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18 Publications

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    04/22/95 | Phylogenetic evidence that aphids, rather than plants, determine gall morphology
    David L Stern
    Proceedings of the Royal Society of London. Series B: Biological Sciences;260(1357):85-89. doi: 10.1098/rspb.1995.0063

    Many diverse taxa have evolved independently the habit of living in plant galls. For all but some viral galls, it is unknown whether plants produce galls as a specialized plant reaction to certain types of herbivory, or whether herbivores direct gall development. Here I present a phylogenetic analysis of gallforming cerataphidine aphids which demonstrates that gall morphology is extremely conservative with respect to aphid phylogeny, but variable with respect to plant taxonomy. In addition, the phylogeny reveals at least three host plant switches where the aphids produce galls most similar to the galls of their closest relatives, rather than galls similar to the galls of aphids already present on the host plant. These results suggest that aphids determine the details of gall morphology essentially extending their phenotype to include plant material. Based on this and other evidence, I suggest that the aphids and other galling insects manipulate latent plant developmental programmes to produce modified atavistic plant morphologies rather than create new forms de novo.

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    04/14/95 | Activity-dependent action potential invasion and calcium influx into hippocampal CA1 dendrites.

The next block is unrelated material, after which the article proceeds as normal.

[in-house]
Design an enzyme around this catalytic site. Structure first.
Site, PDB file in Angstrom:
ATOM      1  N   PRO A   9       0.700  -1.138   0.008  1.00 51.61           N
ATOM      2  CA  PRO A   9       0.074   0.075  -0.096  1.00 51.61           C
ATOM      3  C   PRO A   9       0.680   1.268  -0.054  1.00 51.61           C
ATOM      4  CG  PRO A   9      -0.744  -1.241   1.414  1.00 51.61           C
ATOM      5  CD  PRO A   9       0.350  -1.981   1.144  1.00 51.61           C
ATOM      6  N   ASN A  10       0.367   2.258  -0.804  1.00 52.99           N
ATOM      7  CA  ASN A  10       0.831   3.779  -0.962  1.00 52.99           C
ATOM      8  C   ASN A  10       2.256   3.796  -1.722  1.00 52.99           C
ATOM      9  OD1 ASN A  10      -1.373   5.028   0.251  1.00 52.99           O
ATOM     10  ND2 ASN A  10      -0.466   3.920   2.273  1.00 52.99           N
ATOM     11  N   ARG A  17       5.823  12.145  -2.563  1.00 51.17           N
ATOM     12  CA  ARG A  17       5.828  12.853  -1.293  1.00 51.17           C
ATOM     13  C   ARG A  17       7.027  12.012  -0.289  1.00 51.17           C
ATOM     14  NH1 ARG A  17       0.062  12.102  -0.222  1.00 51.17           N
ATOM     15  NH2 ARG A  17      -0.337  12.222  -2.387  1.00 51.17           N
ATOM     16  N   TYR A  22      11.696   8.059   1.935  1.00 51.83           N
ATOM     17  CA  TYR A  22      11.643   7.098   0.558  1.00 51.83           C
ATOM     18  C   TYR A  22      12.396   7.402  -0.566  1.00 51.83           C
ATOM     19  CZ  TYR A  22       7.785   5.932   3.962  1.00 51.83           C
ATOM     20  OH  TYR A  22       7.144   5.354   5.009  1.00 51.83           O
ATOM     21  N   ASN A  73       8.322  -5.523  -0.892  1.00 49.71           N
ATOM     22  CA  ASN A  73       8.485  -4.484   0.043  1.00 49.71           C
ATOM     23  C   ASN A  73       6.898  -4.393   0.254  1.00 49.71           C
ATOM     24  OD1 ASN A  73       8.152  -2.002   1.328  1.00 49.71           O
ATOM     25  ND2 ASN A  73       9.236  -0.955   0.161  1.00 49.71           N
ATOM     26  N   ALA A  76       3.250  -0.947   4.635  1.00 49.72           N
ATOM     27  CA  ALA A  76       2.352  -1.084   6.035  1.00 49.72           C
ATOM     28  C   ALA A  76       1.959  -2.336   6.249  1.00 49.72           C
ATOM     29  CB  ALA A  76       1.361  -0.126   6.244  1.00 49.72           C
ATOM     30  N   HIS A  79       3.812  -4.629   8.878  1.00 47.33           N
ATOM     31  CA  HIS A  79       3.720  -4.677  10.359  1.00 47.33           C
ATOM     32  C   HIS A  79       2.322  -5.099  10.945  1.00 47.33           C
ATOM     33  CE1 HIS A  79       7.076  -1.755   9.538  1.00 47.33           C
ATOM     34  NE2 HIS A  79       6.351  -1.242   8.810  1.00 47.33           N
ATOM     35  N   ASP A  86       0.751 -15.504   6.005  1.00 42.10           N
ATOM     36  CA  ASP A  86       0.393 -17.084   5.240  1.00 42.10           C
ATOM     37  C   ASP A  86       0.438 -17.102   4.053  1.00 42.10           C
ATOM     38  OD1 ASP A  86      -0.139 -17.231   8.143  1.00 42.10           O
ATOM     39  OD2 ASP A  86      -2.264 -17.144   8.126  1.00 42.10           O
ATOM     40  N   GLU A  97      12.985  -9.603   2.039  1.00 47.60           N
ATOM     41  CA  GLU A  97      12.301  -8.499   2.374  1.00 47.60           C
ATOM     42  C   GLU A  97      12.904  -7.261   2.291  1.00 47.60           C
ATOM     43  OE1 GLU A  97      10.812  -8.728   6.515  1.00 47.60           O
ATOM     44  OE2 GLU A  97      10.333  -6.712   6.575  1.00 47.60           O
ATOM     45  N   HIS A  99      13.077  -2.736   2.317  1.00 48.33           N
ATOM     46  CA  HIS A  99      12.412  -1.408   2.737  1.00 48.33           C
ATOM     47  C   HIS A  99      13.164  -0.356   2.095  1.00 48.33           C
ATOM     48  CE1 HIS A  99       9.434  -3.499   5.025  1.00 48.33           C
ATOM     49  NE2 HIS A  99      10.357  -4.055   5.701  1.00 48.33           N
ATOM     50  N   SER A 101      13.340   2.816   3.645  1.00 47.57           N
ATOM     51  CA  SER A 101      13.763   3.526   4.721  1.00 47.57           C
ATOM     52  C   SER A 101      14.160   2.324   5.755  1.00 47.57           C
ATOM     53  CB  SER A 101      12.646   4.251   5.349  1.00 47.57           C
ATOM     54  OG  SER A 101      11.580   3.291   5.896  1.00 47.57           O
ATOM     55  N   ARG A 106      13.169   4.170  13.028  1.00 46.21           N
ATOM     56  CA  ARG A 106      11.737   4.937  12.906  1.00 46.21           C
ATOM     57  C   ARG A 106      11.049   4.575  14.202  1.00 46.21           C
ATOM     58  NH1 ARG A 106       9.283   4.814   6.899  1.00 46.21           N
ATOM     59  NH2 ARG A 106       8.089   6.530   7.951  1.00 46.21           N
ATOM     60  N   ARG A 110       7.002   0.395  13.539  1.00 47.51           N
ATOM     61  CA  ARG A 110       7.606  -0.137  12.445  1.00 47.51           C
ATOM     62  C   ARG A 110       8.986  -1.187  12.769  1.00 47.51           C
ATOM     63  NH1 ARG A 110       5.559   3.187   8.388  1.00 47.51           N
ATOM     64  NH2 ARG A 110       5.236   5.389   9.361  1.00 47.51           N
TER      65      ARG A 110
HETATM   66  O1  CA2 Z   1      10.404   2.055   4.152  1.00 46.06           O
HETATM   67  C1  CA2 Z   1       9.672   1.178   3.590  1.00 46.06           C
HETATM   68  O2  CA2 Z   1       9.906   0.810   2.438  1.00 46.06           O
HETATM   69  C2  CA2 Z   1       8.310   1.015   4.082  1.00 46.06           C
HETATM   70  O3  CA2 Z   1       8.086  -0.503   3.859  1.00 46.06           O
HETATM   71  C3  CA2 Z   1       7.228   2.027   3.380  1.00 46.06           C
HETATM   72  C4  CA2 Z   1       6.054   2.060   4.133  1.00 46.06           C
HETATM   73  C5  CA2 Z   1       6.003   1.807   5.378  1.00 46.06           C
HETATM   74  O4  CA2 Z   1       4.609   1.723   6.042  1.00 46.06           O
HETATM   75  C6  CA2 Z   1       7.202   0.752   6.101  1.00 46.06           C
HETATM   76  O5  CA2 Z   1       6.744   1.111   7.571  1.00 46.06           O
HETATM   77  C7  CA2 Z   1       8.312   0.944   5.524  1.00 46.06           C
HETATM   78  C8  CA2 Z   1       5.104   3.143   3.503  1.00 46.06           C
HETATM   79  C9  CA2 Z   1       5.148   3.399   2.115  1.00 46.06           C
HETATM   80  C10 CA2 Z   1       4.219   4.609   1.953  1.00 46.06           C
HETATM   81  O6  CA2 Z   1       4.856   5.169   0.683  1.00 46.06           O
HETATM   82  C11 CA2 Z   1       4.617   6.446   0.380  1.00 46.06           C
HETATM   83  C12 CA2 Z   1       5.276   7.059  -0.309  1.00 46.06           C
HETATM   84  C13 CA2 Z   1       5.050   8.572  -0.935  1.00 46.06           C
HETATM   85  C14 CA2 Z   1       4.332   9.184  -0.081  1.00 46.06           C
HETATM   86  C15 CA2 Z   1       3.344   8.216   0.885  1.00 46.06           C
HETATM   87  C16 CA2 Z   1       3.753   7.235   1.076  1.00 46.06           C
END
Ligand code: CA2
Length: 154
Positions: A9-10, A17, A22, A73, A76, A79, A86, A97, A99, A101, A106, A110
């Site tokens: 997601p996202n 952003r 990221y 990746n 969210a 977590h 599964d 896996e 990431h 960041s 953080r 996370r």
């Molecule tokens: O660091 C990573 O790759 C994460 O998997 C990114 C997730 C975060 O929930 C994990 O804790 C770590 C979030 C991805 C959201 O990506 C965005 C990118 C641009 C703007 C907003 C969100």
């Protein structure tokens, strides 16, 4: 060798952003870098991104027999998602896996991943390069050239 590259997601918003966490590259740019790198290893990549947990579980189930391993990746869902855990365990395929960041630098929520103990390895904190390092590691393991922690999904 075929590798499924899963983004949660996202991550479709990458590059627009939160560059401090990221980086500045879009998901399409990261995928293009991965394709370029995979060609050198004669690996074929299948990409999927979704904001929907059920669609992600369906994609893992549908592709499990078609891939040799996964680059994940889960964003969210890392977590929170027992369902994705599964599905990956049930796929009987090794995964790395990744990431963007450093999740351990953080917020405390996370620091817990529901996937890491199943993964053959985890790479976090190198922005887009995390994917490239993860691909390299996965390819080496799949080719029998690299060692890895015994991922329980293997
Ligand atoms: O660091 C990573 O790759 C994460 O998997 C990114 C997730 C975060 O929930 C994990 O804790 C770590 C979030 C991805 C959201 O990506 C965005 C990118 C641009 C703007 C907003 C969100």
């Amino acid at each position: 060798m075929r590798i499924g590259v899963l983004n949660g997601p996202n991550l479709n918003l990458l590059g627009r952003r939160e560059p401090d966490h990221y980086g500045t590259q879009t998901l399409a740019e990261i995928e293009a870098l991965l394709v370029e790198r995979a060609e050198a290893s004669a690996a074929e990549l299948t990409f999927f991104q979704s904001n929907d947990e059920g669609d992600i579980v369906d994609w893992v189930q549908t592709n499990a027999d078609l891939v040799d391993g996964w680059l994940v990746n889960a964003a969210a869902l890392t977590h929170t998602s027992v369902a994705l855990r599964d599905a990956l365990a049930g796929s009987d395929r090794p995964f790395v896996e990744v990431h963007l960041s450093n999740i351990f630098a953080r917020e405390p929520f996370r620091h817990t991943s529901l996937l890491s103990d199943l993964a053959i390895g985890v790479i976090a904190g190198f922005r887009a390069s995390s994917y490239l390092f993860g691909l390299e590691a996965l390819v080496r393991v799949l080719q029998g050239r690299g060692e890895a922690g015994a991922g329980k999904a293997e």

Spruston N, Schiller Y, Stuart G, Sakmann B
    Science. 1995 Apr 14;268(5208):297-300

    The temporal and spatial profile of activity-evoked changes in membrane potential and intracellular calcium concentration in the dendrites of hippocampal CA1 pyramidal neurons was examined with simultaneous somatic and dendritic patch-pipette recording and calcium imaging experiments. Action potentials are initiated close to the soma of these neurons and backpropagate into the dendrites in an activity-dependent manner; those occurring early in a train propagate actively, whereas those occurring later fail to actively invade the distal dendrites. Consistent with this finding, dendritic calcium transients evoked by single action potentials do not significantly attenuate with distance from the soma, whereas those evoked by trains attenuate substantially. Failure of action potential propagation into the distal dendrites often occurs at branch points. Consequently, neighboring regions of the dendritic tree can experience different voltage and calcium signals during repetitive action potential firing. The influence of backpropagating action potentials on synaptic integration and plasticity will therefore depend on both the extent of dendritic branching and the pattern of neuronal activity.